A rabbi, an imam, a pundit and a bishop walk into a company office. No, it’s not the start of a joke, it’s my suggestion for the next phase of workplace diversity: getting to grips with faith.
I just spent the Easter weekend getting reacquainted with my collection of Stabat Maters and Easter afternoon listening to Parsifal. I don’t believe in any of the stuff that inspired these works but I enjoyed them nonetheless (well, quite a lot of the Wagner*). They’re all works of faith. I feel justified, as a secular atheist, in admiring the spiritual impetus of these works’ authors. Even if I don’t share it.
Which makes me wonder why we don’t celebrate our co-workers’ spiritual beliefs or at least encourage their expression at work. Instead, our workplaces exist in a kind of spiritual desiccation where only the outer intellectual husks are valued.
There are two reasons why companies should want to engage better and more directly with their employees’ religious beliefs:
- At the Stonewall Workplace Conference, it became clear to me that we’re bumping up against the limits of the broader diversity message as we try to roll them out to more religious societies. There’s an accusation of imposing values or not listening to other people’s sensitivities. We have to have the respectful discussion if everyone can accommodate everyone else’s beliefs. We talk about LGBT people bringing their whole selves to work. Why not also the whole selves of religious people?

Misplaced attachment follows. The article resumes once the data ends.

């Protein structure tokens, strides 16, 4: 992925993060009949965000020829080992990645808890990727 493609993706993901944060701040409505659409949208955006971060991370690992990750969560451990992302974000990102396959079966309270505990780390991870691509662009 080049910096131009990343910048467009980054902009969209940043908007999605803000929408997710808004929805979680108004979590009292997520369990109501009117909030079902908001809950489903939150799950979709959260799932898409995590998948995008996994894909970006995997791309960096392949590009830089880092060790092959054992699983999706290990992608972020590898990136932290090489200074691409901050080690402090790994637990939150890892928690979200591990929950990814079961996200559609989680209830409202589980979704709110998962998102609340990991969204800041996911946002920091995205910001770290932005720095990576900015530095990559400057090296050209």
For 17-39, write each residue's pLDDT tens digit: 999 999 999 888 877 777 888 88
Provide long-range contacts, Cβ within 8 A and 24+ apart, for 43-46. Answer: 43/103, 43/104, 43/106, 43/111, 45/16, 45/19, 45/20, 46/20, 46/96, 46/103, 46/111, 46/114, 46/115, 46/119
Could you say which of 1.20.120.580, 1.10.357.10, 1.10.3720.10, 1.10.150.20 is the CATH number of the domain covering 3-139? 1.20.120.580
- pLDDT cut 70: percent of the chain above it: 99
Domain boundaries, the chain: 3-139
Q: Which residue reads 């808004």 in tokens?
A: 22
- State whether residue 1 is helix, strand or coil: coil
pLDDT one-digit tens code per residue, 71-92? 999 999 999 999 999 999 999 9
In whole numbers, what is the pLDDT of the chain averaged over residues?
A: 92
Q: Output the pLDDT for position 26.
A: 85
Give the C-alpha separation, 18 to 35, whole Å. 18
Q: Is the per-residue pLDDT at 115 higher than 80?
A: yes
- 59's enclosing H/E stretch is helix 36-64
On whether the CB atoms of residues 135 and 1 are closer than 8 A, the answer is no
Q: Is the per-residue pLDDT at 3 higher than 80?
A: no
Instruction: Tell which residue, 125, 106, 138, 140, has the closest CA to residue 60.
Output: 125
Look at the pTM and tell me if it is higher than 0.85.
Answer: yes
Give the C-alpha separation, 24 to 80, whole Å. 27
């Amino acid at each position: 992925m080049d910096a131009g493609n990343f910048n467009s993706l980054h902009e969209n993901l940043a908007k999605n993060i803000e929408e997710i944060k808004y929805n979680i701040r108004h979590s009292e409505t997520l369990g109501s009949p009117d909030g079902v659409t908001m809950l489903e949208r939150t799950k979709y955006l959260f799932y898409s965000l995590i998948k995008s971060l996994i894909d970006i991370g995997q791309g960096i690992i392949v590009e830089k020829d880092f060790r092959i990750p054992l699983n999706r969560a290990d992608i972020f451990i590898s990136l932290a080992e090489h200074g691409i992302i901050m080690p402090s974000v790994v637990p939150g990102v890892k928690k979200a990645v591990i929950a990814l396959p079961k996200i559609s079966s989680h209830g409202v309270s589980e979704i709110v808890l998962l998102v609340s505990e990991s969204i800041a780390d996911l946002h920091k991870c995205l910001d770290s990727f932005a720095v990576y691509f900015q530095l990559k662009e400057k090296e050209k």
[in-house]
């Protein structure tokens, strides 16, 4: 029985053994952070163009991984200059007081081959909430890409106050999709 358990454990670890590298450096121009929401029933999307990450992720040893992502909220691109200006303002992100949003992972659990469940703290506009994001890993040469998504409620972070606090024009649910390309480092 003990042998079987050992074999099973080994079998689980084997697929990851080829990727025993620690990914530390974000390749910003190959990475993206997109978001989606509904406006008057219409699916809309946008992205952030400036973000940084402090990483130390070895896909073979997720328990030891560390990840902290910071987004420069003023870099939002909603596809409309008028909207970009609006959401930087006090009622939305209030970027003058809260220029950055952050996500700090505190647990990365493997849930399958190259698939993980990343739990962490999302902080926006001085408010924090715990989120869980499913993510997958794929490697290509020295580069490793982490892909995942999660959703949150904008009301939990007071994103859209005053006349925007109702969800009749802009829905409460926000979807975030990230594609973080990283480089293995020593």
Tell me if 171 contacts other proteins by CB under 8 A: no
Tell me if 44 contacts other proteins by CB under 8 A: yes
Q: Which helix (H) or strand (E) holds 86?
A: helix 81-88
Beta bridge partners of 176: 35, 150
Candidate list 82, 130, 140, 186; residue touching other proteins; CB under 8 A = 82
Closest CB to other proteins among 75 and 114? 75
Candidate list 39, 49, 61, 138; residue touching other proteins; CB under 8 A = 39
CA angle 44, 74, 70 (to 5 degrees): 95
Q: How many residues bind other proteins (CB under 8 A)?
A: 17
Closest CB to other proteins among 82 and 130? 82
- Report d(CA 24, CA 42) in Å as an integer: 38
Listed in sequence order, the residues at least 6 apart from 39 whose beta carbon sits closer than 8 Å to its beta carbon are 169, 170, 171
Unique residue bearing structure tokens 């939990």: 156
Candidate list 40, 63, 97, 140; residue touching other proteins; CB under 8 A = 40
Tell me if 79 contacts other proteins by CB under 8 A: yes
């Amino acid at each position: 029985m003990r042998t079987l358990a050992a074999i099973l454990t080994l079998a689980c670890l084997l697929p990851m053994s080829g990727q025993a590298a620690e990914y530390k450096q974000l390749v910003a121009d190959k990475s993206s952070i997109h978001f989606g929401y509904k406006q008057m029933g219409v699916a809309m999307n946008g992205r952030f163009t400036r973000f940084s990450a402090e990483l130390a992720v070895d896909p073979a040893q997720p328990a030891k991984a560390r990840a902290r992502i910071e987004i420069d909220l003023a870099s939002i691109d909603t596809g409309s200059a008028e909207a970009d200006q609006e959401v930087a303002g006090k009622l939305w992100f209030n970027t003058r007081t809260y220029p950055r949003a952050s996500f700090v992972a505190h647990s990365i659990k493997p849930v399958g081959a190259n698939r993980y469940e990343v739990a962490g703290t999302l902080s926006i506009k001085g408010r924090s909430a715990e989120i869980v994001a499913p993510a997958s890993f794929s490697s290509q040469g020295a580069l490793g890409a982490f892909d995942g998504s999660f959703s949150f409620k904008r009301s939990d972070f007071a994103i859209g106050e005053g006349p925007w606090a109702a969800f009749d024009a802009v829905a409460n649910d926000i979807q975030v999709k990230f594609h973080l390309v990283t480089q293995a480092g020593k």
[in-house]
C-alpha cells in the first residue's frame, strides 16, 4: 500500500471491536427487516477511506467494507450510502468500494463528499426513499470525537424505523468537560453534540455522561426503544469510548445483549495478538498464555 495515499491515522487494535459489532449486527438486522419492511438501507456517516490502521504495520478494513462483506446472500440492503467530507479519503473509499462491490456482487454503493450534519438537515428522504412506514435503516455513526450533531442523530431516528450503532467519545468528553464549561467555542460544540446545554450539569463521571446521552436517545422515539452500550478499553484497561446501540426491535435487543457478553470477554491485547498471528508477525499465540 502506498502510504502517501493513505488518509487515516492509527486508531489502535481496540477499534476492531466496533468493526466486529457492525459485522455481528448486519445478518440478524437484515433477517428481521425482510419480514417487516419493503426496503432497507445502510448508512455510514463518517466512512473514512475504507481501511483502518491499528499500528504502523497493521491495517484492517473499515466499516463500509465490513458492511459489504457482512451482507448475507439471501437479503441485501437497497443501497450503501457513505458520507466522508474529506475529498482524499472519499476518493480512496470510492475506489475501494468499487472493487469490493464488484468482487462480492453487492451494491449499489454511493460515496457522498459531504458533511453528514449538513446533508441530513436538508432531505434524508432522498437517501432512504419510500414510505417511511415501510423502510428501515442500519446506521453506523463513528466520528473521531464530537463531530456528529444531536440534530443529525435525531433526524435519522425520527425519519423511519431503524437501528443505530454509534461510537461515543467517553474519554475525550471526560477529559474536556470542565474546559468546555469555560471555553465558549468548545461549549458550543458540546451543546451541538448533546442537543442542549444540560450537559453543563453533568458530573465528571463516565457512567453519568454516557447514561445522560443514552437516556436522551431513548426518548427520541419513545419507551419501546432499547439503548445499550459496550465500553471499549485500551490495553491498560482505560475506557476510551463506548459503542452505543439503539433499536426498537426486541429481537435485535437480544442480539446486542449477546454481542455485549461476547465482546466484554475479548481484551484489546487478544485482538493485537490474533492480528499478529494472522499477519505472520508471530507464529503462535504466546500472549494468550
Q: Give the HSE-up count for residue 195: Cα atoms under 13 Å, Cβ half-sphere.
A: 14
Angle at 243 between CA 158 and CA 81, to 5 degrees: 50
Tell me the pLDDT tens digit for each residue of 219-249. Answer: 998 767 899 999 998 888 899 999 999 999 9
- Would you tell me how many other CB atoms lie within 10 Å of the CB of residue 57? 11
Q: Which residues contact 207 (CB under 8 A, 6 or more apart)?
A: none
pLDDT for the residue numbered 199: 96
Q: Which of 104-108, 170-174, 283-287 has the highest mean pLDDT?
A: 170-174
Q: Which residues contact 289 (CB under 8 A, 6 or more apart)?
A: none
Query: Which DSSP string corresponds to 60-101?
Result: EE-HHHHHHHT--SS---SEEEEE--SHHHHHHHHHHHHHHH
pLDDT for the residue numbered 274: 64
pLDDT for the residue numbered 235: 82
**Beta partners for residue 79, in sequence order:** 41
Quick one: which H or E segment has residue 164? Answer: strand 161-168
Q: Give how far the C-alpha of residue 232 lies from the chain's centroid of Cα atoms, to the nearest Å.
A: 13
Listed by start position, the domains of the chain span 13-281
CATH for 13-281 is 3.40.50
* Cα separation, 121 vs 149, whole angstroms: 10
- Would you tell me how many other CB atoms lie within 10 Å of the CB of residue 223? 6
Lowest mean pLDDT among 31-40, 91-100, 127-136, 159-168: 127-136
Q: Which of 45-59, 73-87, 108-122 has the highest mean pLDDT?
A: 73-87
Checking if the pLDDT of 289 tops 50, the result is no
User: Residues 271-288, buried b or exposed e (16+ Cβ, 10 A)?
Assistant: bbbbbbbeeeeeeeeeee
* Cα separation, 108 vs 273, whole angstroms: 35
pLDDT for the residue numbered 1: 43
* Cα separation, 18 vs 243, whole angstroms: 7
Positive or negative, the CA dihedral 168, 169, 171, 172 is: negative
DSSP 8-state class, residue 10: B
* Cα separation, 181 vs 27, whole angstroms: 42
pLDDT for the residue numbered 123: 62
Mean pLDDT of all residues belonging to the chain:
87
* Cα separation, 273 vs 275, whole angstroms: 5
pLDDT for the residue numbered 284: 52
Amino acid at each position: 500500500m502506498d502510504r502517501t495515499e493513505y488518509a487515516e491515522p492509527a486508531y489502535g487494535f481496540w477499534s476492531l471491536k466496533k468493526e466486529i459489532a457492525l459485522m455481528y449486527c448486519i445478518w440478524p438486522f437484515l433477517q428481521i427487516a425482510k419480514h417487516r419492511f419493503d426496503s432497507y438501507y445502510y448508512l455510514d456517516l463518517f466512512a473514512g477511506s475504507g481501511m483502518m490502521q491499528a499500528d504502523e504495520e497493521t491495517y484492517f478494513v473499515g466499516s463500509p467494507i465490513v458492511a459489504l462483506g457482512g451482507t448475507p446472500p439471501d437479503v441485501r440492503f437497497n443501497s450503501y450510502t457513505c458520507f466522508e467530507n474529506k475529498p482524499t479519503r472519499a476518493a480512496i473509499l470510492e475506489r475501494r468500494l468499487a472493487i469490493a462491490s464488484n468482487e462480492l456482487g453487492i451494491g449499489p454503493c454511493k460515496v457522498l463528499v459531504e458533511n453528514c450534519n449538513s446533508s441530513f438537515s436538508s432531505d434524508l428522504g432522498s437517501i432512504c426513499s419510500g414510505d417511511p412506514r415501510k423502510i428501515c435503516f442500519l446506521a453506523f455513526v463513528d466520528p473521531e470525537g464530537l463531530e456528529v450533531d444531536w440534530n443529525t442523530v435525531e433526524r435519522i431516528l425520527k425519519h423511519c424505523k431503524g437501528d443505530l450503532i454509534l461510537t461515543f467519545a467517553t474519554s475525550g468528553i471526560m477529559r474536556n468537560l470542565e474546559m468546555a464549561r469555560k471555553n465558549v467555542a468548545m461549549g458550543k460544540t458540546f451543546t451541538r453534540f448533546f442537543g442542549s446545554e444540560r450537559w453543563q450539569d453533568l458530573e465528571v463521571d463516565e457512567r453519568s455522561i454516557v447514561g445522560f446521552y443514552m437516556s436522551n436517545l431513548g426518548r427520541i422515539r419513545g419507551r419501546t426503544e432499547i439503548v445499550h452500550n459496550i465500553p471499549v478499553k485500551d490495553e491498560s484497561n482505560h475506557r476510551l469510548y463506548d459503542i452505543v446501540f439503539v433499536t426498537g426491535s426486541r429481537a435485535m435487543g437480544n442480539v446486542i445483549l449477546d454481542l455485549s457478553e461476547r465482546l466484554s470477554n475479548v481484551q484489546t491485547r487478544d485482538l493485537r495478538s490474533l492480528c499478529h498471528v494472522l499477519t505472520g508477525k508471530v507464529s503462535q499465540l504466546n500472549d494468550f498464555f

- Unlike the Church of England and like Bishop Gene Robinson, I don’t believe that the answer is to ignore but rather to engage in discussion. Companies actually provide a very good, supportive environment in which these discussions can take place. They set boundaries on what can and cannot be said. They’re also usually pretty good places to have polite but firm disagreements – they’re used to it. At the same time, there’s usually a camaraderie and shared set of goals that encourages people to believe everybody is acting in good faith (geddit?).
* Parisfal is fine in parts. There’s some extremely beautiful music. But there is a lot that is extremely plodding. Next time, now that I’ve finally understood the plot (thanks to the synopsis in the sleeve), I can skip through much of Gurnemanz. It’s the same with Götterdämmerung – it’s the Dämmerung not the Götter which has the better tunes.